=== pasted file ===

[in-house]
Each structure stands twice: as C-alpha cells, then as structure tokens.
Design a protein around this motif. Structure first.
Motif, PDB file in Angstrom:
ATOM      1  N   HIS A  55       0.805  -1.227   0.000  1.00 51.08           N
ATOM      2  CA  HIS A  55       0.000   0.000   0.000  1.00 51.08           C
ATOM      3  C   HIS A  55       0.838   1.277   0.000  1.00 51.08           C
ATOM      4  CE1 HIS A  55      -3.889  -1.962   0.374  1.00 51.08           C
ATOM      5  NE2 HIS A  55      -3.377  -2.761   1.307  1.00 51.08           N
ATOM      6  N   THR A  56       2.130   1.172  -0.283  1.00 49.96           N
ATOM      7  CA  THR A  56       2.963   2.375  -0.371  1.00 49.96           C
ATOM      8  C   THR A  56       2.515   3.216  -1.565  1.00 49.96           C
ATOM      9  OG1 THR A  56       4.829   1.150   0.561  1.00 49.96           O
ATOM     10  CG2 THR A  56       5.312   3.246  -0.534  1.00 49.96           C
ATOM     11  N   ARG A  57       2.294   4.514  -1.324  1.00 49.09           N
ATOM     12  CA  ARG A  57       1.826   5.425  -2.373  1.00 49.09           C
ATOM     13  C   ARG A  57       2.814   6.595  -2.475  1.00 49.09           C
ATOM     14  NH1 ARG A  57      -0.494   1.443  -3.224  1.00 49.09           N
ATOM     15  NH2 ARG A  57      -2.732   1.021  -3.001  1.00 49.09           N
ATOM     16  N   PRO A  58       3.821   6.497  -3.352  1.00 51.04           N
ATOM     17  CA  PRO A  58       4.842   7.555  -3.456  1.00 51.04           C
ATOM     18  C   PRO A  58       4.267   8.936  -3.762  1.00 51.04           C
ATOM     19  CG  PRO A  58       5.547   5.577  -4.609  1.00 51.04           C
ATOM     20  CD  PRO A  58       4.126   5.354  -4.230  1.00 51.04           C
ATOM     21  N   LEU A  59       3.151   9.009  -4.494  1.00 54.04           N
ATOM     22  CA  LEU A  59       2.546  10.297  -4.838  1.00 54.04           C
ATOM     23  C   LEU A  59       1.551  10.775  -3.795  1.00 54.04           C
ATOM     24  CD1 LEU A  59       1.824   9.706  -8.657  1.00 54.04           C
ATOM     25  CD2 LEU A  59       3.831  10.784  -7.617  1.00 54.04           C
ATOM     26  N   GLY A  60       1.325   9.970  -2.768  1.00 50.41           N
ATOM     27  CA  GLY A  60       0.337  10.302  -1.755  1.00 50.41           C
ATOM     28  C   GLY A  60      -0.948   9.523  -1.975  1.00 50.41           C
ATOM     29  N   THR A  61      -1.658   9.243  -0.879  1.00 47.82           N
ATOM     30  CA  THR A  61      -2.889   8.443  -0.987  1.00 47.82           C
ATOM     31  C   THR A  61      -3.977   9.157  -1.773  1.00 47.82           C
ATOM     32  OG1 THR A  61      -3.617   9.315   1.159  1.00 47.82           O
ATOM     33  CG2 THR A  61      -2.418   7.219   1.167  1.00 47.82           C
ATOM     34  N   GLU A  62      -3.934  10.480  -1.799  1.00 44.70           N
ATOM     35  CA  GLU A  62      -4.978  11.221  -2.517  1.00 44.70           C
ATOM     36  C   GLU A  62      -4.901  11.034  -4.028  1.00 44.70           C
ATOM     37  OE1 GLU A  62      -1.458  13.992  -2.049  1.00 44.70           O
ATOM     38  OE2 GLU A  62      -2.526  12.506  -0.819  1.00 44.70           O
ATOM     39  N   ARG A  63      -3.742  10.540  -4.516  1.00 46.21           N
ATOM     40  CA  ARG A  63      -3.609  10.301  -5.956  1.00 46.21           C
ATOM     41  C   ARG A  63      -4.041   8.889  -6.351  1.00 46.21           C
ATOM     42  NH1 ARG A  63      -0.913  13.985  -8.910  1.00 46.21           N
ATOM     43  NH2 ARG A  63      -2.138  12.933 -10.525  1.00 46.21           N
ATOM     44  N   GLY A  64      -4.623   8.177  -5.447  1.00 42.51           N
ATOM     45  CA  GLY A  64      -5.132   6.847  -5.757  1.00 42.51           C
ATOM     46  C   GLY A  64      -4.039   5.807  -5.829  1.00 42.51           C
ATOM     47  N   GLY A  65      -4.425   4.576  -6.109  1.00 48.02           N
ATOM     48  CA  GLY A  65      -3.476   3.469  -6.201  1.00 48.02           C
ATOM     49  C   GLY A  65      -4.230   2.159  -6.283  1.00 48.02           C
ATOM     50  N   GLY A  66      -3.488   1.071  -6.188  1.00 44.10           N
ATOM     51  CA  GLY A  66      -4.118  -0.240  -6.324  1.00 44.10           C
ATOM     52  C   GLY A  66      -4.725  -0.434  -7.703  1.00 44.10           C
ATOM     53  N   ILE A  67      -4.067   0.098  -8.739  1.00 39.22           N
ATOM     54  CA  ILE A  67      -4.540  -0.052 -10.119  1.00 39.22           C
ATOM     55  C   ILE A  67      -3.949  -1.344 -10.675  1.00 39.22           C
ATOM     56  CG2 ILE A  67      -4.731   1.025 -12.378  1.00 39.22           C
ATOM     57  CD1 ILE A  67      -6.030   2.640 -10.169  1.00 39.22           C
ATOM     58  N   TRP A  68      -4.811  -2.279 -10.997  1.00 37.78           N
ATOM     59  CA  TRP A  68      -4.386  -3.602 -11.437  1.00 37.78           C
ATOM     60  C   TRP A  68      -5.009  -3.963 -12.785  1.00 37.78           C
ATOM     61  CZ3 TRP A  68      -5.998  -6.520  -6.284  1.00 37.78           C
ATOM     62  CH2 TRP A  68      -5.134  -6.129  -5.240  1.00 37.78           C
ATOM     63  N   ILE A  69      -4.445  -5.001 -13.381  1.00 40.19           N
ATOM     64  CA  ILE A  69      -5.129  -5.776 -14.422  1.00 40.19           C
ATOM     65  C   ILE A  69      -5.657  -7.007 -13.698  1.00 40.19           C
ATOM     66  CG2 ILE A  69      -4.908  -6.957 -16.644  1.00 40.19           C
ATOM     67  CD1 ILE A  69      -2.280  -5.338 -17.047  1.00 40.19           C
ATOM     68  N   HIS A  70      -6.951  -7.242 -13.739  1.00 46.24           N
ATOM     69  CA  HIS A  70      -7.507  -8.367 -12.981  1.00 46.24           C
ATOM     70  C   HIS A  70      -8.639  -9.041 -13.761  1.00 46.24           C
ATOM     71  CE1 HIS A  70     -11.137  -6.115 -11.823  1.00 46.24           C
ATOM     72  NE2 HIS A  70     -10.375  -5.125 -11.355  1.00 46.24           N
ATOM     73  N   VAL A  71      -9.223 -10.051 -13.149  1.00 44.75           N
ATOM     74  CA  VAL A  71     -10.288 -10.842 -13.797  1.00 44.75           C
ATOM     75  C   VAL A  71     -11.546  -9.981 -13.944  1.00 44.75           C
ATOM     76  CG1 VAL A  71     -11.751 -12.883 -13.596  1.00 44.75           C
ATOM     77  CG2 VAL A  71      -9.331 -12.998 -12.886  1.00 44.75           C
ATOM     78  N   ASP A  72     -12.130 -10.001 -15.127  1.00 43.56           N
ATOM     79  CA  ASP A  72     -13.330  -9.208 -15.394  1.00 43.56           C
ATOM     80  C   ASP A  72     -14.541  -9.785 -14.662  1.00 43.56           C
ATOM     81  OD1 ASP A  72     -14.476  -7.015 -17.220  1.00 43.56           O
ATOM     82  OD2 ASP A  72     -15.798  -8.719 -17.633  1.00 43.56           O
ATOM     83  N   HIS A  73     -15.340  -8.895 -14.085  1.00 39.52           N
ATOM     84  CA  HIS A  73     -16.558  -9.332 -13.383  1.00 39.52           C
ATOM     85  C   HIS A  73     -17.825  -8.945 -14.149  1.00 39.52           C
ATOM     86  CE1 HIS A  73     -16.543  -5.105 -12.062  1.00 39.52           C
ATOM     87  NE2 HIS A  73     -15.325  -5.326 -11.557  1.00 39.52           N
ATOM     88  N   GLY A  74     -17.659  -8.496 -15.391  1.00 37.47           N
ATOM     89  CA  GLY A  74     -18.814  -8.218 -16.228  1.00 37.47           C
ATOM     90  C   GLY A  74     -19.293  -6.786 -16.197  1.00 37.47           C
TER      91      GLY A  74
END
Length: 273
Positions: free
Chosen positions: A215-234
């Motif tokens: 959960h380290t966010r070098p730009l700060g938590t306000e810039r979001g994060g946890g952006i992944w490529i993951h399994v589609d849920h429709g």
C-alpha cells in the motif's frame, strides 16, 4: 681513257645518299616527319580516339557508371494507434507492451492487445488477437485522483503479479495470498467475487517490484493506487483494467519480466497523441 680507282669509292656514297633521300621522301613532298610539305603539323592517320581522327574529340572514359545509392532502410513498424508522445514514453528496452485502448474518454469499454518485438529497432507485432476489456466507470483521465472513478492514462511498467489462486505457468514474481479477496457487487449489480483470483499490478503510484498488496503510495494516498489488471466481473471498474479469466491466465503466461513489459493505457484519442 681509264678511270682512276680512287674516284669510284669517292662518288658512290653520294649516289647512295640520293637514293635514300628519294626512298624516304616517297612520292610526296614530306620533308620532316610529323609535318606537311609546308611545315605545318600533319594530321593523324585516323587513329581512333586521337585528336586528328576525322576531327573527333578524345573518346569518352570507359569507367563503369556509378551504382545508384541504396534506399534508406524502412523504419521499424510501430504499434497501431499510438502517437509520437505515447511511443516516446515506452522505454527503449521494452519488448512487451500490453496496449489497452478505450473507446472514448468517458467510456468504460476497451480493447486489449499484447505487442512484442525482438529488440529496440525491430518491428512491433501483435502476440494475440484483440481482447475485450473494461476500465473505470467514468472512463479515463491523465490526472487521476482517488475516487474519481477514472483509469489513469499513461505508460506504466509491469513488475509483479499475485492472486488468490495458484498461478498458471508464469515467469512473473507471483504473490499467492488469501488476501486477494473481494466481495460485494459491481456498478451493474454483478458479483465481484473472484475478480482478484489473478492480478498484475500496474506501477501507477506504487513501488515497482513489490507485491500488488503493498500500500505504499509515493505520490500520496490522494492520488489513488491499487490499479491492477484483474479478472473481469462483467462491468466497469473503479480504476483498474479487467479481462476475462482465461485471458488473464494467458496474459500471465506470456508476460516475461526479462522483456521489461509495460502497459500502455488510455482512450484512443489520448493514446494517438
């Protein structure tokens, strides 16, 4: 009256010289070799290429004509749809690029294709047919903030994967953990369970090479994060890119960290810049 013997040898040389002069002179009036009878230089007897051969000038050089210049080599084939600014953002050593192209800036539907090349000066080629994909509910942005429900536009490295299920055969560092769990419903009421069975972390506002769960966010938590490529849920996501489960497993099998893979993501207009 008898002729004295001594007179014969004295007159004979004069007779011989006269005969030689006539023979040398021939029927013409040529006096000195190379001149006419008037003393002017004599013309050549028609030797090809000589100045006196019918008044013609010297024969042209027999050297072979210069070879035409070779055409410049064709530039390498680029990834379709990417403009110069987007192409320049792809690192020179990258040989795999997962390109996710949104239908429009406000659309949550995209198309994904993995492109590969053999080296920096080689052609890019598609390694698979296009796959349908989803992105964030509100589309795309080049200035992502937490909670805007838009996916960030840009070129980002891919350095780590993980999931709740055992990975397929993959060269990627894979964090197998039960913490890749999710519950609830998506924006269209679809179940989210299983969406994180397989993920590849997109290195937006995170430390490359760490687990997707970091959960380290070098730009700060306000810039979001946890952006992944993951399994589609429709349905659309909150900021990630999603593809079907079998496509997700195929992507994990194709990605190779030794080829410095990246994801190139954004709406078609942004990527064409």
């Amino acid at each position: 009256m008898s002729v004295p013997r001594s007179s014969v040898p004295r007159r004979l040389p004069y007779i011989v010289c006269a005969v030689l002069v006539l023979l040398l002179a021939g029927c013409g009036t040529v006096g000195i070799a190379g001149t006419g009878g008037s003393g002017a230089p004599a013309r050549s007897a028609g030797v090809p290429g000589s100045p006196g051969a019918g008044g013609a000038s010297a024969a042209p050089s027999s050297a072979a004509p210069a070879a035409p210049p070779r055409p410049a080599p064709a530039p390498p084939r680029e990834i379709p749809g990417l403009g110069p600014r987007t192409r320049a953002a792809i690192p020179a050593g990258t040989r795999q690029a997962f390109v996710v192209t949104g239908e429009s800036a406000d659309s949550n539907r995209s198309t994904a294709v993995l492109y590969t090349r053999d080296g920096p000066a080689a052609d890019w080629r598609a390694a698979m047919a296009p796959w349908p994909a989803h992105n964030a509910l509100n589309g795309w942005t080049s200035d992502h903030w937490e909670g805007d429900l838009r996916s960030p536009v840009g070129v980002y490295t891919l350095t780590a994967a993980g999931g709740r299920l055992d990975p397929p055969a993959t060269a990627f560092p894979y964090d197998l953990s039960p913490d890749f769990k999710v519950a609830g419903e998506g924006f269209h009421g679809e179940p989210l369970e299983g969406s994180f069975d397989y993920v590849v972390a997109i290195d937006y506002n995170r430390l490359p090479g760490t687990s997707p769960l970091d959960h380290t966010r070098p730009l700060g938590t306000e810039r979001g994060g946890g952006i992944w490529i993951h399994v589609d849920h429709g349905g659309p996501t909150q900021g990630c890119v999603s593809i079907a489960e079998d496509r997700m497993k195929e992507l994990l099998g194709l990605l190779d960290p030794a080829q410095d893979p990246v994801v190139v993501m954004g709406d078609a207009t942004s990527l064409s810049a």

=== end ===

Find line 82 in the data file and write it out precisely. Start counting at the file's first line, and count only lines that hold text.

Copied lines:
ATOM     78  N   ASP A  72     -12.130 -10.001 -15.127  1.00 43.56           N